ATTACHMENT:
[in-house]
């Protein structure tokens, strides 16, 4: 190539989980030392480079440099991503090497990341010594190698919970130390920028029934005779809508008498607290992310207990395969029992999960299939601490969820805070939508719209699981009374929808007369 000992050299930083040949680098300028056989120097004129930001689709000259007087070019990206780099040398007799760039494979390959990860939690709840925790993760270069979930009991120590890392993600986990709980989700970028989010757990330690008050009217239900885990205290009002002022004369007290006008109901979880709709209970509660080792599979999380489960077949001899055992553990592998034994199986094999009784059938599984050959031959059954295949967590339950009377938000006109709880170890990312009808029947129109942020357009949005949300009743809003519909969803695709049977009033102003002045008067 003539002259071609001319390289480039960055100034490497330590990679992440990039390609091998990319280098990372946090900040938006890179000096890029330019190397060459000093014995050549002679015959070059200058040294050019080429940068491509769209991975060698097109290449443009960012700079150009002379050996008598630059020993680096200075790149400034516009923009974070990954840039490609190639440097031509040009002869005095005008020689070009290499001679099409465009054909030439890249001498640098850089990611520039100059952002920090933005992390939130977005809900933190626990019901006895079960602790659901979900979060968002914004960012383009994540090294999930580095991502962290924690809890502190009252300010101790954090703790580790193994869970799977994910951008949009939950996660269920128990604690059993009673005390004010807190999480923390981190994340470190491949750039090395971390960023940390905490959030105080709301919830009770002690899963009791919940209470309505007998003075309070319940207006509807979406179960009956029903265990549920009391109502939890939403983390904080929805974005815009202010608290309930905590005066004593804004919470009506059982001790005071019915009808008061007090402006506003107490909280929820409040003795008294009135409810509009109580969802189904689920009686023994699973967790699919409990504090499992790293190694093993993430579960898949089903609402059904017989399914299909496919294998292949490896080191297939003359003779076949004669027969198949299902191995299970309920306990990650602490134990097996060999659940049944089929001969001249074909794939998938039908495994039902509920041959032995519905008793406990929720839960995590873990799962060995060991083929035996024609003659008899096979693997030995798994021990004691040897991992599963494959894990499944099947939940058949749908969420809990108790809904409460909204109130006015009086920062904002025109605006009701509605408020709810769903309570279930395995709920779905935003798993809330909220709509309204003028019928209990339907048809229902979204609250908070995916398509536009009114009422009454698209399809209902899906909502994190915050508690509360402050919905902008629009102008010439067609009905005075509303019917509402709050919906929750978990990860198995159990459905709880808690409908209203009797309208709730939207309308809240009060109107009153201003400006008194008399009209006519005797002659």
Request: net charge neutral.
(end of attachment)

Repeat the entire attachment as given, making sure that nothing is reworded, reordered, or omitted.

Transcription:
[in-house]
């Protein structure tokens, strides 16, 4: 190539989980030392480079440099991503090497990341010594190698919970130390920028029934005779809508008498607290992310207990395969029992999960299939601490969820805070939508719209699981009374929808007369 000992050299930083040949680098300028056989120097004129930001689709000259007087070019990206780099040398007799760039494979390959990860939690709840925790993760270069979930009991120590890392993600986990709980989700970028989010757990330690008050009217239900885990205290009002002022004369007290006008109901979880709709209970509660080792599979999380489960077949001899055992553990592998034994199986094999009784059938599984050959031959059954295949967590339950009377938000006109709880170890990312009808029947129109942020357009949005949300009743809003519909969803695709049977009033102003002045008067 003539002259071609001319390289480039960055100034490497330590990679992440990039390609091998990319280098990372946090900040938006890179000096890029330019190397060459000093014995050549002679015959070059200058040294050019080429940068491509769209991975060698097109290449443009960012700079150009002379050996008598630059020993680096200075790149400034516009923009974070990954840039490609190639440097031509040009002869005095005008020689070009290499001679099409465009054909030439890249001498640098850089990611520039100059952002920090933005992390939130977005809900933190626990019901006895079960602790659901979900979060968002914004960012383009994540090294999930580095991502962290924690809890502190009252300010101790954090703790580790193994869970799977994910951008949009939950996660269920128990604690059993009673005390004010807190999480923390981190994340470190491949750039090395971390960023940390905490959030105080709301919830009770002690899963009791919940209470309505007998003075309070319940207006509807979406179960009956029903265990549920009391109502939890939403983390904080929805974005815009202010608290309930905590005066004593804004919470009506059982001790005071019915009808008061007090402006506003107490909280929820409040003795008294009135409810509009109580969802189904689920009686023994699973967790699919409990504090499992790293190694093993993430579960898949089903609402059904017989399914299909496919294998292949490896080191297939003359003779076949004669027969198949299902191995299970309920306990990650602490134990097996060999659940049944089929001969001249074909794939998938039908495994039902509920041959032995519905008793406990929720839960995590873990799962060995060991083929035996024609003659008899096979693997030995798994021990004691040897991992599963494959894990499944099947939940058949749908969420809990108790809904409460909204109130006015009086920062904002025109605006009701509605408020709810769903309570279930395995709920779905935003798993809330909220709509309204003028019928209990339907048809229902979204609250908070995916398509536009009114009422009454698209399809209902899906909502994190915050508690509360402050919905902008629009102008010439067609009905005075509303019917509402709050919906929750978990990860198995159990459905709880808690409908209203009797309208709730939207309308809240009060109107009153201003400006008194008399009209006519005797002659």
Request: net charge neutral.